Portugal

Portugal is confident the European Commission will approve its plan to rescue ailing flag carrier TAP, Finance Minister Joao Leao said in an interview, adding that he expected that green light by the end of March, Reuters reported. The government unveiled its overhaul plan last month, proposing 2,000 job cuts by 2022 and pay cuts of up to 25%, while saying the airline would need around 2 billion euros ($2.46 billion) in extra funds with state guarantees to cover financing needs until 2024.

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Portugal expects airline TAP will need around 2 billion euros ($2.4 billion) in extra funds with state guarantees to cover its financing needs until 2024 under a restructuring plan, Reuters reported. Flag carrier TAP asked for state aid in April after suspending almost all of its 2,500 weekly flights at the height of the coronavirus crisis, which hit airlines globally. The overhaul plan, which needs European Commission approval, was submitted on Thursday and envisages TAP would need to cut around 2,000 jobs by 2022 and introduce pay cuts of up to 25%.

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The Portuguese government’s draft restructuring plan for ailing flag carrier TAP projects it may need around 2 billion euros of additional state aid by 2024, while thousands of jobs will be terminated to turn the airline around, three sources said, Reuters reported. One of the sources familiar with the document told Reuters it envisaged that TAP, which had a loss of 701 million euros in the first nine months of 2020 as the coronavirus pandemic slashed its passenger numbers by 70%, should break even in 2025. The plan still needs to be approved by the European Commission.

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A restructuring plan for Portugal’s flag carrier TAP will be sent to the European Commission in November, the secretary of state for the treasury said on Tuesday, which if approved will buy the airline time to repay a huge bailout loan, Reuters reported. TAP asked for state aid in April after the outbreak of the coronavirus forced it to suspend almost all of its 2,500 weekly flights. The European Commission approved a 1.2 billion euro rescue loan in June, contingent on the airline drawing up a restructuring plan within six months, or by the middle of December.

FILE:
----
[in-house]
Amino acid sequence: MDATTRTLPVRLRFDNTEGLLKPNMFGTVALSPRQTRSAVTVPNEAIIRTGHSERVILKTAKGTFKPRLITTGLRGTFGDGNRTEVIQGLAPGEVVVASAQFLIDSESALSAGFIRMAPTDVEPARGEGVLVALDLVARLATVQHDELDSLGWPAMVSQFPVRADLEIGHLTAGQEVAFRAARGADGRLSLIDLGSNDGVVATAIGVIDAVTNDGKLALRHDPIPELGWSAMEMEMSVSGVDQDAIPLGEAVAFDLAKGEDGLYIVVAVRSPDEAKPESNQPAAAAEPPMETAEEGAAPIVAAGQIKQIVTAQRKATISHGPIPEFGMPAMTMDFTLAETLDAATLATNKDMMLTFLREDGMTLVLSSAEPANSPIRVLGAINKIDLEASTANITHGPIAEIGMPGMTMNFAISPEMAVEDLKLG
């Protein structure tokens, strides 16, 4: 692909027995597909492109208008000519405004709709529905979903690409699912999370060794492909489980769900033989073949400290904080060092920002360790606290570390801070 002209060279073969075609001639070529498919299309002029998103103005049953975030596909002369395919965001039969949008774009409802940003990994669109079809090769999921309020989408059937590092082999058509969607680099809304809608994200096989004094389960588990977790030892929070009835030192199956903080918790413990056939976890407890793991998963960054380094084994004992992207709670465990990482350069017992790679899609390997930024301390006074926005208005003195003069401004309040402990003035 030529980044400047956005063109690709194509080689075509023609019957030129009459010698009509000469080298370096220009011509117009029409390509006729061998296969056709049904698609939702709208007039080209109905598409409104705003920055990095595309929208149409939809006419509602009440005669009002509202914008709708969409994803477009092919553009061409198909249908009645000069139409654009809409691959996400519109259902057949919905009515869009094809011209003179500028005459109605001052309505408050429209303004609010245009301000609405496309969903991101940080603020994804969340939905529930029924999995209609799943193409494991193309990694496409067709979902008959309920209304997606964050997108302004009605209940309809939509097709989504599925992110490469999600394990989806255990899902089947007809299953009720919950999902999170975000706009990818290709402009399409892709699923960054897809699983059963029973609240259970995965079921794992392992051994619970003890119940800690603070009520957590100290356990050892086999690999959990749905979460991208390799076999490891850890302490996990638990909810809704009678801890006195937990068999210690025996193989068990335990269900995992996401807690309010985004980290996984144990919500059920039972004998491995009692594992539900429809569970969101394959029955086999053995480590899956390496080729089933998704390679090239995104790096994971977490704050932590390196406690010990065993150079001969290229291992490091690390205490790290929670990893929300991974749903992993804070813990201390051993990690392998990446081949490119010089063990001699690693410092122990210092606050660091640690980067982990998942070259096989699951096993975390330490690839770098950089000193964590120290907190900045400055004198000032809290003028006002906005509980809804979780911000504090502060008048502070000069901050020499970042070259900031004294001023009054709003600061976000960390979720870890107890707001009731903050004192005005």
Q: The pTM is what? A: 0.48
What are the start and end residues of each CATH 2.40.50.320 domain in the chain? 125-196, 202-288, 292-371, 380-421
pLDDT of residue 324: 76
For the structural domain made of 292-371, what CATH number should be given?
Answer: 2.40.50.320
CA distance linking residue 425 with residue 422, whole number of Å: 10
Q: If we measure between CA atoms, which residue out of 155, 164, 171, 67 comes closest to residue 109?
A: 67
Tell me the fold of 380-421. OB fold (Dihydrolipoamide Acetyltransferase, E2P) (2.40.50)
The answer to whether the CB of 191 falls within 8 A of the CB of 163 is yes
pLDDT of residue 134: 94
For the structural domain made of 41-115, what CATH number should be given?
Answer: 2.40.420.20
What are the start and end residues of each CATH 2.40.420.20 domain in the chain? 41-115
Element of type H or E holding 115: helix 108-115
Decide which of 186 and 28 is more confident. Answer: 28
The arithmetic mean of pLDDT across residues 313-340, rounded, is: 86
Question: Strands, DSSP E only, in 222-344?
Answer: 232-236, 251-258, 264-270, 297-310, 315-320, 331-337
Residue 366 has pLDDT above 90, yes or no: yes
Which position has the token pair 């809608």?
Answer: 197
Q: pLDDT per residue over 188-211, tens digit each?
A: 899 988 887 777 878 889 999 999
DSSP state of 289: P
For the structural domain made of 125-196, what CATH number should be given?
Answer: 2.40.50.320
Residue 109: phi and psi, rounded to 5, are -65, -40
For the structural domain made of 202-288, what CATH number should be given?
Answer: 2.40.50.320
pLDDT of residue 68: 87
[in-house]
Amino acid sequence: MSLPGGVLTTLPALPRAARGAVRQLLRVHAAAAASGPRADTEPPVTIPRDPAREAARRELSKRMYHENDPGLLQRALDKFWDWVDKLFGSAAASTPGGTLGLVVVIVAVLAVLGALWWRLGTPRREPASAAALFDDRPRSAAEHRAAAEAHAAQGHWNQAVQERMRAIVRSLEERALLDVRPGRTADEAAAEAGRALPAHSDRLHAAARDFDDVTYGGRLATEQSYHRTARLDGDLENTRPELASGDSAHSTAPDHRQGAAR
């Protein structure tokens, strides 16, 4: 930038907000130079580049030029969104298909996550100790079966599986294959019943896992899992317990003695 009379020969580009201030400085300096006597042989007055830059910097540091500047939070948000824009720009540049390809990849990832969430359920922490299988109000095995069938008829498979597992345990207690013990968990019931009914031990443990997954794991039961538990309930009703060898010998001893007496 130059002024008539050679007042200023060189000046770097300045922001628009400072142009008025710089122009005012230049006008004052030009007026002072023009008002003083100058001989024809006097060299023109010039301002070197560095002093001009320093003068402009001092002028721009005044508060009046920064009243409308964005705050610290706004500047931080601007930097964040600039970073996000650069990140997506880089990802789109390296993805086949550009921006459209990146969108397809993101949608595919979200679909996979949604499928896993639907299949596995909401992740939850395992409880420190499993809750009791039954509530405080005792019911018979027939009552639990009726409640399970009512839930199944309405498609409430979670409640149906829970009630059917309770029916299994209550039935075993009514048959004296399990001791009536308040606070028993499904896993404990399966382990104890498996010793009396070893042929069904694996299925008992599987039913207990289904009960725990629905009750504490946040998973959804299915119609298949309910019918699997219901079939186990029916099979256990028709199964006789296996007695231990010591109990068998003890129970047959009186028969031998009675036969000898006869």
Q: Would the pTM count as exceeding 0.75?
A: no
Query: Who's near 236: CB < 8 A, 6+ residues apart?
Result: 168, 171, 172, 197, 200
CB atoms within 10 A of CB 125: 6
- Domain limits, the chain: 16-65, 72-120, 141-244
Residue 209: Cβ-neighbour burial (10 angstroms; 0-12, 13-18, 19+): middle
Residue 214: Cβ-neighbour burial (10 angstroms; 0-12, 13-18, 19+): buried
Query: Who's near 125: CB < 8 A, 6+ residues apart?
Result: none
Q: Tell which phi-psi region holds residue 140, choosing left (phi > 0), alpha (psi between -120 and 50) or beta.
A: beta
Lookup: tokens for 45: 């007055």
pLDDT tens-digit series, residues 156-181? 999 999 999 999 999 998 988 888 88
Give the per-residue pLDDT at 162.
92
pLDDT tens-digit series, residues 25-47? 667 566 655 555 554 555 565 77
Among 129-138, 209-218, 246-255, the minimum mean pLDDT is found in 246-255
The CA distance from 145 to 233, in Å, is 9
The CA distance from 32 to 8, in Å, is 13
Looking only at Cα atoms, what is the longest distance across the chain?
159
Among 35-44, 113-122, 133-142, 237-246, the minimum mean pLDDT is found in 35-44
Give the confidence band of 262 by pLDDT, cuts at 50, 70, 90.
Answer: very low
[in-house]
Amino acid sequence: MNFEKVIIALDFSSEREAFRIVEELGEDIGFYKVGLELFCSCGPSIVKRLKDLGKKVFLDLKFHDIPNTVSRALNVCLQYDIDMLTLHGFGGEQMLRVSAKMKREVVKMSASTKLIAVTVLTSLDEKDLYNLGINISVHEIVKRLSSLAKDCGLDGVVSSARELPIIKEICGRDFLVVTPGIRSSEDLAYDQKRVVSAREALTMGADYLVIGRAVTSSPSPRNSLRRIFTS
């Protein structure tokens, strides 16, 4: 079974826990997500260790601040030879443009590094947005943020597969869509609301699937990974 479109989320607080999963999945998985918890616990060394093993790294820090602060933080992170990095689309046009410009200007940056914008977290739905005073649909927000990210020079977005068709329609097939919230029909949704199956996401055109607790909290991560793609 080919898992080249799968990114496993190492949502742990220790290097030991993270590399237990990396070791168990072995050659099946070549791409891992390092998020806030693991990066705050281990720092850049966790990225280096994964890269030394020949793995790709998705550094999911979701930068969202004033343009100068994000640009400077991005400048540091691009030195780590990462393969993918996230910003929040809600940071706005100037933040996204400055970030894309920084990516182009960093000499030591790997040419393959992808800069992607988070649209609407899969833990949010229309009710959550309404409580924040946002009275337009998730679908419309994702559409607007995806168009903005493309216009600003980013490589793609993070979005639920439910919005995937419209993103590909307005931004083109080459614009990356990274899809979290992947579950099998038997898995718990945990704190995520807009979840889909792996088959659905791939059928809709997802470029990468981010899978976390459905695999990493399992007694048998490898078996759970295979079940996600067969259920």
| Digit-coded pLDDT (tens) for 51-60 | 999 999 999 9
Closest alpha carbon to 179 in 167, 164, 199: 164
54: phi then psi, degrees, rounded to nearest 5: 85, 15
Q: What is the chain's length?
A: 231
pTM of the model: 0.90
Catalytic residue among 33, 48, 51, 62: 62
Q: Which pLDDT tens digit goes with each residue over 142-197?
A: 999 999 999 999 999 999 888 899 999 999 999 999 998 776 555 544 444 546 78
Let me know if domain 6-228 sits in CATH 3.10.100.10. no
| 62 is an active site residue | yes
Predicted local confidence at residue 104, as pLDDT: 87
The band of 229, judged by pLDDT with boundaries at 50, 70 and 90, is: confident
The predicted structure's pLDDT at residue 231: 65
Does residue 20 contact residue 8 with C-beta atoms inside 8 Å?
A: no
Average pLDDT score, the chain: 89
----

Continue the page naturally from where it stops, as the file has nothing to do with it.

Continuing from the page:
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Portugal’s decision to oust the chief executive officer of TAP after a rescue of the nation’s leading airline has created an urgent vacancy to fill at a time when a broad overhaul is needed, Bloomberg News reported. As the government agreed to boost its holding in loss-making TAP to 72.5% on July 2, it simultaneously ended the tenure of Antonoaldo Neves after more than 2 1/2 years at the helm. Finding a new CEO could take at least 60 days, said Fernando Neves de Almeida, managing partner of headhunter Boyden Portugal, which isn’t involved in the executive search.

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The Portuguese government agreed to buy David Neeleman’s indirect stake in TAP SGPS SA as part of a plan to provide a rescue loan to save the airline, Bloomberg News reported. “This allows us to unblock the loan and avoid the bankruptcy of a company that’s essential for the country,” Finance Minister Joao Leao said at a press conference in Lisbon on Thursday night. Like other carriers, TAP had to halt most of its operations due to the coronavirus outbreak.

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A-ETPL, Associação - Port Work Company of Lisbon announced that it had been notified of the decision to declare its insolvency and the appointment of the insolvency administrator, The Portugal News reported. In a statement, A-ETPL states that the sentence handed down by the Lisbon Judicial Court of Justice Lisbon Commercial Court - Judge 7 set a deadline of 30 days for claiming credits.

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Debt-burdened telecom carrier Altice Europe is gearing up to sell a stake in its high-speed fiber network business in Portugal, sources familiar with the matter told Reuters, with an auction process expected to kick off within a fortnight, Reuters reported. Altice, which took control of Portugal Telecom in 2015, is looking to replicate its recent sale of a 49.99 percent stake in French fiber optic business SFR FTTH to three investment funds for 1.8 billion euros. The group, whose founder is billionaire Patrick Drahi, has hired Lazard to sound out potential bidders including U.S.

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A Portuguese court approved on Friday a debt restructuring plan that was passed by creditors in major Brazilian telecom firm Oi SA, marking a step forward in the company’s tortured bankruptcy recovery process, Reuters reported. With the court’s approval, seen by Reuters, bankruptcy courts in all relevant jurisdictions - Brazil, the United States, the Netherlands, and now Portugal - have signed off on the recovery plan, which was approved by creditors in December.

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One of Portugal’s wealthiest people, Paula Amorim, and Vangard Properties have presented a joint bid for part of the oceanside Comporta estate, the country’s largest privately-owned property. Comporta was the Espirito Santo family’s largest real estate holding. It is now held by liquidators following the 2014 collapse of the family business and the bank founded by them, Banco Espirito Santo, Reuters reported. The property, which stretches over a 1,300 hectare area of coastline south of the city of Setubal, includes plots for villas, golf courses and comes with licenses to construct hotels.
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